2024 RPG Design Prophecies

Bold predictions for the future of rpgs. A few curses included.

2024 RPG Design Prophecies

I know, I know—it’s Summer—I'm too late to make 2024 predictions. That's why I'm doing y'all one better. I'm pondering the orb and soothing doom. I can’t release a run-of-the-mill list. I have to be bold. So, let’s pretend the ghost of Orson Welles visited me in a dream and—for some fucking reason—wanted to talk about roleplaying games.

These fell omens and underdog narratives are going to happen. 2024 might be ambitious. So, let’s give it two years from today. Two years for just one prophecy to happen. Deal? Deal.

If you agree or disagree with some of my predictions, share your vision on social.

The data shows that pictures increase engagement, so here are unrelated pictures.

1. Hyper-analogs will wage war with the replicants.

Generative AI is flooding every corner of the creative world, from books to art to articles—the world’s lamest terminators are here to turn our art into compost.

2024 is the year hand-written, glued-up, photocopied zines will rise in response. Creators will use typewriters, pencils, glue, and trash to keep things pure. The rpg art project—previously pretentious fringe—will now become pretentious high ground against AI. This year will become the experimental period for many designers. As unintended fallout, accessibility discourse will become unbearable. Creators will be vilified for making esoteric and hard-to-parse works. Shipping woes will intensify as some designers leap into cassette tapes, wood components, and props.

Meanwhile, Chat GPT and Midjourney will wear down and gain acceptance in more traditional game communities. DMs Guild, Pathfinder, and Call of Cthulhu will become AI wastelands. Mainstream players accept it for its promise of unlimited content, while contrarians label non-AI games as elitist and narcissistic gatekeeping.

2. Maps and art will enter the third dimension.

Blender and Cinema 4D (popular 3D design software) are officially mainstream. Amateurs can afford it, and young designers have learned how to use them. That means the time for fully rendered 3D illustrations and maps is here. It won’t replace traditional art, but it will become the new differentiator in art and design.

This skill escalation and maturing of the industry’s craft will open up new ideas that were previously inaccessible. We’ll get our first flood of 3D online maps that are fully articulated. Indie designers will start selling 3D printer files as supplements to their games. New how-to influencers will show up to bridge the gap. Meanwhile, traditional artists will have to innovate in new ways—weirder, more conceptual ideas will become a strength—this year’s breakout artists will be working in new mediums or be too strange to ignore.

3. RPGs and board games will continue to tangle.

Roleplaying games, in pursuit of new ways to tell stories, will mine board games for all they’re worth. This has happened for a decade, but 2024 will be the year popular RPGs use tried-and-true board game mechanics beyond just cards.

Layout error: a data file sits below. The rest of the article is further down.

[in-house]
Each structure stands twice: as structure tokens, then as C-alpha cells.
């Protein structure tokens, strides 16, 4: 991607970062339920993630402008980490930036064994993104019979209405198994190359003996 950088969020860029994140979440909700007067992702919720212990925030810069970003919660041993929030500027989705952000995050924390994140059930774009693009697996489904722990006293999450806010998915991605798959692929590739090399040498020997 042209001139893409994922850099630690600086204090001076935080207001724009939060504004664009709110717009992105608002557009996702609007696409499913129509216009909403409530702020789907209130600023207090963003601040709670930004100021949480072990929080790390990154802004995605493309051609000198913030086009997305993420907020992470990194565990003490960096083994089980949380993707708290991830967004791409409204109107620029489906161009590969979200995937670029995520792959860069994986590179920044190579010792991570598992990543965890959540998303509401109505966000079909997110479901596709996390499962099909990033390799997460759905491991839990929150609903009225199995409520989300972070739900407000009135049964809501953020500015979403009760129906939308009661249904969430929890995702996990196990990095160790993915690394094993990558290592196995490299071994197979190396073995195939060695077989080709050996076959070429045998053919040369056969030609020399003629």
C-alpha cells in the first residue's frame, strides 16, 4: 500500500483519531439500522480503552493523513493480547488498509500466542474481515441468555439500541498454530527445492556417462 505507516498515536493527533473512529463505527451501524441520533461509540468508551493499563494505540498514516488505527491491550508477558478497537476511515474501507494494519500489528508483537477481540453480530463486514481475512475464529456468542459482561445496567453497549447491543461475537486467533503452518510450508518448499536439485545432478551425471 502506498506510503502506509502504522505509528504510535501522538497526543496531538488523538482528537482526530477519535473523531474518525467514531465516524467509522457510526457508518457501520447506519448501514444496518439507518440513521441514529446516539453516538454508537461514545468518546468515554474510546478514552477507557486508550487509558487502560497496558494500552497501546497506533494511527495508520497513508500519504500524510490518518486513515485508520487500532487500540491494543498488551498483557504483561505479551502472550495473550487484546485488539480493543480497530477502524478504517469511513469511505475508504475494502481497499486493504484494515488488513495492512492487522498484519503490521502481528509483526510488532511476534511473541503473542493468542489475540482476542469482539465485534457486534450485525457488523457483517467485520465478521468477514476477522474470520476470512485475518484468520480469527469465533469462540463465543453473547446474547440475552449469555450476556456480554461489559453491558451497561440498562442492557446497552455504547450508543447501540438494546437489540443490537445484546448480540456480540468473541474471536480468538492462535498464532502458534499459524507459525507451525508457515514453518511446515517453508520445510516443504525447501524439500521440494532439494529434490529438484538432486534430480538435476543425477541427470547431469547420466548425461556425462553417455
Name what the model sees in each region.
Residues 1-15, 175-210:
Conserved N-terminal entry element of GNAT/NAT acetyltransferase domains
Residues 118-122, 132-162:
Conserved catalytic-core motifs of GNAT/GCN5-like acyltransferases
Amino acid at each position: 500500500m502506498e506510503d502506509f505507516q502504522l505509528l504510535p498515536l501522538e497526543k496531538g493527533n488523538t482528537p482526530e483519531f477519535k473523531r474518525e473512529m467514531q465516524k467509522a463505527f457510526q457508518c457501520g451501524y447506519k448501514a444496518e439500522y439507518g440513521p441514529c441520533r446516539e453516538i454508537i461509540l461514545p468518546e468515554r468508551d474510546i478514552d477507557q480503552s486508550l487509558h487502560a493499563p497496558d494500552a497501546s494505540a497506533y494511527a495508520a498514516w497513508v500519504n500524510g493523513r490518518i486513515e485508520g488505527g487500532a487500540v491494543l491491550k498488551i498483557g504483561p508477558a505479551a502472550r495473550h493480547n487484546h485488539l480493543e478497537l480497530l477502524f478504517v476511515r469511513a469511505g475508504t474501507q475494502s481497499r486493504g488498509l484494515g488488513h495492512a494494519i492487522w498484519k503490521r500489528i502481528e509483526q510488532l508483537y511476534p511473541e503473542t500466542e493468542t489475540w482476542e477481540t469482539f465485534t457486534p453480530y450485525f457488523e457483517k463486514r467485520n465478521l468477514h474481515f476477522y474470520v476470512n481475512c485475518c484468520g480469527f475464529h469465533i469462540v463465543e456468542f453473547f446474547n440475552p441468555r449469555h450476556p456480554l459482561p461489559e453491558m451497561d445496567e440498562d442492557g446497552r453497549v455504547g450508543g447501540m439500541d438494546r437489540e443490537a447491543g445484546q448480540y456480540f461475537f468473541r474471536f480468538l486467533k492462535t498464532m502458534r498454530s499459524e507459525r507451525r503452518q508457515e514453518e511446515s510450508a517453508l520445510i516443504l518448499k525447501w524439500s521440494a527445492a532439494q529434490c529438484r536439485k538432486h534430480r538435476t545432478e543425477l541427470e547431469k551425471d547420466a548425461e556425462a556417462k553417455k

We’ll see the rise of the cube-collecting, deck-building, tile-laying, worker-placing RPGs of the future. These RPGs will blend the problem-solving culture of the OSR, the determinism of story games, and the ludo narrative physicality of LARP in ways we haven’t seen before.

Meanwhile, in the board game world, the realities of international shipping will bear down on the component-heavy shelf busters. Many board games will embrace free-form customization, interpretation, and roleplay to create replayability. These concepts exist predominantly in party games, but it's likely to spread to genres unaccustomed to it.

4. Hasbro will buy an RPG competitor for its IP.

Hasbro will want to expand its IP portfolio as D&D’s growth starts to plateau or become a known quantity. They’ll prioritize any game that can be chopped up and licensed across industries, such as movies, toys, D&D, and Magic the Gathering crossovers.

Chaosium would be a valuable competitor to buy out since it gives them a backdoor way to “own” Call of Cthulhu—an otherwise unownable genre in the public domain. However, they’re just as likely to buy someone smaller with IP access. Whether Wizards or Hasbro will invest in the brand they buy—or tank it like Google—is still unknowable.

The only certainty is that Hasbro will treat D&D like a stock. Shareholders will want big news to pump up their valuations, and D&D’s movie and video game production schedule will be too slow to provide whatever obscene year-over-year growth the executives are looking for. They’ll buy and create IP while cutting the people who make it to fatten the bottom line.

Here’s an unrelated picture of a man fighting a crab monster.

5. Bare bones will become the new counter-culture.

The ashcan trend was just a teaser. With the rise of high-production-value projects from established creators, and the waning efficacy of Kickstarter for newcomers, scrappy creators will start publishing work as text files and Google Docs. It’ll be like early 2000s videogame walkthroughs never left. Art will be whatever can be produced in the notes app, and the layout will be filled with dashes, backslashes, and ASCII art.

In collision with the analog trend, we might see some RPGs written on notepads and scanned into circulation—doodles, cross-outs, and eraser shavings included. This trend will gain traction within the OSR/NSR spheres, likely for one or two games that make it part of their subculture. Indie designers, in general, will do it as well, but it won’t extend beyond a meme or infrequent one-offs.


There they are. My most cursed prophecies. If any of these come true in the next two years, I expect a horde of rpg pdfs as my ill-gotten prize.

What do you think? What's the unlikely prediction you're harboring?